There are of course not many upsides to a global pandemic, but one of them may be that the single biggest threat to youth wellbeing is lessened.

Founders of free-play advocacy organisation Let Grow, Lenore Skenazy and Peter Gray, point out that anxiety is an already huge problem for young people that has also been snowballing in severity and prevalence.

They attribute this trend to the increasing tendency for young people to be constantly supervised and micromanaged by their parents, to the extent that they can’t build up self-confidence by choosing for themselves what to do and figuring out how to do it.

By contrast, during the coronavirus lockdown in America they’ve noticed that both the ability and willingness of parents to schedule their children’s time has been massively curtailed. The result is that even when confined to their homes, kids have far more unstructured time to play, develop interests and otherwise do things on their own.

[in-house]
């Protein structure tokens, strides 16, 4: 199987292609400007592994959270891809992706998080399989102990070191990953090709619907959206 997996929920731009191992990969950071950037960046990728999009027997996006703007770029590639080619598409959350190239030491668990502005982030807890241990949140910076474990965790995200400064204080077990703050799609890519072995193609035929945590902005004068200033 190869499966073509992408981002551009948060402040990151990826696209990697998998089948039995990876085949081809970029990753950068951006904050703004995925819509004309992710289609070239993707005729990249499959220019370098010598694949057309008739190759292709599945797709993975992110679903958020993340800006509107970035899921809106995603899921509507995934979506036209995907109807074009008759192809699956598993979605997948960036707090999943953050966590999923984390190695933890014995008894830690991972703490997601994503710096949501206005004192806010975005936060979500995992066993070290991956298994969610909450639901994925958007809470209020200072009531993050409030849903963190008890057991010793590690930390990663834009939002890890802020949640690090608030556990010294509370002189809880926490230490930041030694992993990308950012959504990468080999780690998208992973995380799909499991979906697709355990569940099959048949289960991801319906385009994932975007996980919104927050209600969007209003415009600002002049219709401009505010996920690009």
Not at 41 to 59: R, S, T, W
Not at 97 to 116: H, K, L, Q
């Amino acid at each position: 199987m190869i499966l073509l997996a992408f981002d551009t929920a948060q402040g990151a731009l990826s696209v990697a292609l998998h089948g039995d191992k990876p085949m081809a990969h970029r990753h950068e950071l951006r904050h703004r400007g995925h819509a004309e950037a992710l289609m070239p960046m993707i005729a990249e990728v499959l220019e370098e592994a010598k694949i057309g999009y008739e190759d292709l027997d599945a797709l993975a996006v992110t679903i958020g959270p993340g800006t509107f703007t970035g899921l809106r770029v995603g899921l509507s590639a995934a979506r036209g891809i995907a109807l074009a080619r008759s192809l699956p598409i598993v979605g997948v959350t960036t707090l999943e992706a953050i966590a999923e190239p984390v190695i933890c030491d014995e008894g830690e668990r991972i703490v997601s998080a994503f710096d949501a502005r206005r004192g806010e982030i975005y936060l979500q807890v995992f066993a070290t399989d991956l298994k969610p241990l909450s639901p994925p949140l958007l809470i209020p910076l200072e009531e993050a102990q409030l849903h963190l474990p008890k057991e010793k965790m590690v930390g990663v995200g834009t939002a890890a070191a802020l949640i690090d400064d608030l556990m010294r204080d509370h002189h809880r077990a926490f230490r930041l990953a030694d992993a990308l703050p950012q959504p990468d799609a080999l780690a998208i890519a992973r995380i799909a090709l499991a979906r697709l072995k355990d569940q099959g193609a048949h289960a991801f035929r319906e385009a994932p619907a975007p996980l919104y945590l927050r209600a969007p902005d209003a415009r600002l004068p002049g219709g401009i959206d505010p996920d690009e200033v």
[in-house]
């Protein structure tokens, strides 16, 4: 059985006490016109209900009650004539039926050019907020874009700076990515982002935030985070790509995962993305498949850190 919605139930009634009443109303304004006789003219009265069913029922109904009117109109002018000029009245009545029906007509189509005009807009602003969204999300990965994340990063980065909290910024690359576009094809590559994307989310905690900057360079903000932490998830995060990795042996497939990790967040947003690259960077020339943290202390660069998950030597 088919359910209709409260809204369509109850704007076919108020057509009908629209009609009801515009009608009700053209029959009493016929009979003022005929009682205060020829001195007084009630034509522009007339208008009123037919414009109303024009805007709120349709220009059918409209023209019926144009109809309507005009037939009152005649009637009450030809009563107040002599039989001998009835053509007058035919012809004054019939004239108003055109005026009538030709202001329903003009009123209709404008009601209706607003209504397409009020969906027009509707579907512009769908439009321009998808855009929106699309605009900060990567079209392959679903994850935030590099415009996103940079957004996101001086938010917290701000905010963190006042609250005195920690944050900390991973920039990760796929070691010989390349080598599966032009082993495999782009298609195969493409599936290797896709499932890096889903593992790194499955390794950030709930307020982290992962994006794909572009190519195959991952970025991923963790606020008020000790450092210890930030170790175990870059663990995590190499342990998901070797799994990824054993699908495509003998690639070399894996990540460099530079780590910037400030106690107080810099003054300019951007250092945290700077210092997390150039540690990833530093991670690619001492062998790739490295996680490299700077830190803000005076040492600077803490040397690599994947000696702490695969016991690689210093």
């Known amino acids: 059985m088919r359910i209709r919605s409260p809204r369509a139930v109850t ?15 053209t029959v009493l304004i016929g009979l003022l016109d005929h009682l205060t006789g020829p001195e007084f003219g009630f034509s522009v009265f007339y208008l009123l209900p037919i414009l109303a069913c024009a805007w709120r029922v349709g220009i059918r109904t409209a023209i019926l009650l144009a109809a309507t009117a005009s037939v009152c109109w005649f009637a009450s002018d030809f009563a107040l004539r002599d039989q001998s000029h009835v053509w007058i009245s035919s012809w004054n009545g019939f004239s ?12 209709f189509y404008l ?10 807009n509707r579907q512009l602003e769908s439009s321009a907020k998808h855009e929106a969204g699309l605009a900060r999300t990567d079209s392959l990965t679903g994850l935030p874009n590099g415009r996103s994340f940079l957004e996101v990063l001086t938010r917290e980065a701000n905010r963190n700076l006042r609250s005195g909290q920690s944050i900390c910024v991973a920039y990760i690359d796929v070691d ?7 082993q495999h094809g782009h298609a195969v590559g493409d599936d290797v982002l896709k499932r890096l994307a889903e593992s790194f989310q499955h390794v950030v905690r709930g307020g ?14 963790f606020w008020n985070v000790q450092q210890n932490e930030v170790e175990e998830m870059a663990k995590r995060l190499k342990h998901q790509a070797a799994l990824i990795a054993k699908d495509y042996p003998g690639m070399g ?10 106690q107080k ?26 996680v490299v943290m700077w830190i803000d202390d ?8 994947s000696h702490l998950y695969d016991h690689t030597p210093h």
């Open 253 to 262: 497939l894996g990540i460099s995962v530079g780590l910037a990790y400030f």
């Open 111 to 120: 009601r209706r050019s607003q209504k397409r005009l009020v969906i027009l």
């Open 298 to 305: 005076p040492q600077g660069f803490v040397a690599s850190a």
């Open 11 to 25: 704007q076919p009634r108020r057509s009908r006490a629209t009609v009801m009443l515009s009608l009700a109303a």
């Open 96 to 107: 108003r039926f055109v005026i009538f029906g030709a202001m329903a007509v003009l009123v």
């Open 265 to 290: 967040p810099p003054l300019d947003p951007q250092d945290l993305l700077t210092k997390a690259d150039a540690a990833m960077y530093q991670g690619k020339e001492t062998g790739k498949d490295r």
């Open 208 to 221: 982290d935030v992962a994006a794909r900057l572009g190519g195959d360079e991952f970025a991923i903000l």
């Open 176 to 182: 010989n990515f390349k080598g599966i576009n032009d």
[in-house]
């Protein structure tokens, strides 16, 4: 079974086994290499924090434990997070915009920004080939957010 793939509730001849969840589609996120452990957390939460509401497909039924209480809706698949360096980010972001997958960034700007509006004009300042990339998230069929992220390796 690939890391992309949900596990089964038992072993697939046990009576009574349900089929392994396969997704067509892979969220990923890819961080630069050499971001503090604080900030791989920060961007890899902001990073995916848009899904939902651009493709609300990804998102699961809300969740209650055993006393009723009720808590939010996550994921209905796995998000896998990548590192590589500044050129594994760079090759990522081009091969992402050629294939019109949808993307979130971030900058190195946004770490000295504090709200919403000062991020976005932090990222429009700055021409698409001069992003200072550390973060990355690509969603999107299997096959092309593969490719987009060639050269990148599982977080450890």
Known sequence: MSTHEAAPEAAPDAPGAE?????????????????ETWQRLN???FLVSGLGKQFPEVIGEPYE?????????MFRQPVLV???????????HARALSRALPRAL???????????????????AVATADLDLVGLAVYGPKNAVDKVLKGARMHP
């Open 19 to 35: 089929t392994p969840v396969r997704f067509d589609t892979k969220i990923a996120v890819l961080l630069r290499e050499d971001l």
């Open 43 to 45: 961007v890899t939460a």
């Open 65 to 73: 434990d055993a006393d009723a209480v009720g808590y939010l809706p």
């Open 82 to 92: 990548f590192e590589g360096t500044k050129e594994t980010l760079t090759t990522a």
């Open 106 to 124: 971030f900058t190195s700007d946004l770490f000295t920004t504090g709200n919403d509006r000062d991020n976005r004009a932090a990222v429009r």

Through their work with Let Grow, Lenore and Peter have found kids in their program benefit significantly in terms of wellbeing from spending just a little time on unstructured activity. They also point to research indicating that kids develop executive functioning skills given free time.

Because of this, they predict that many kids will actually benefit from the conditions imposed by the lockdown despite all the negatives. It would be an unexpected positive, but a welcome one nonetheless.

Read the full article by Lenore Skenazy and Peter Gray: Coronavirus is providing the course correction kids desperately needed

Feature image source: Pixabay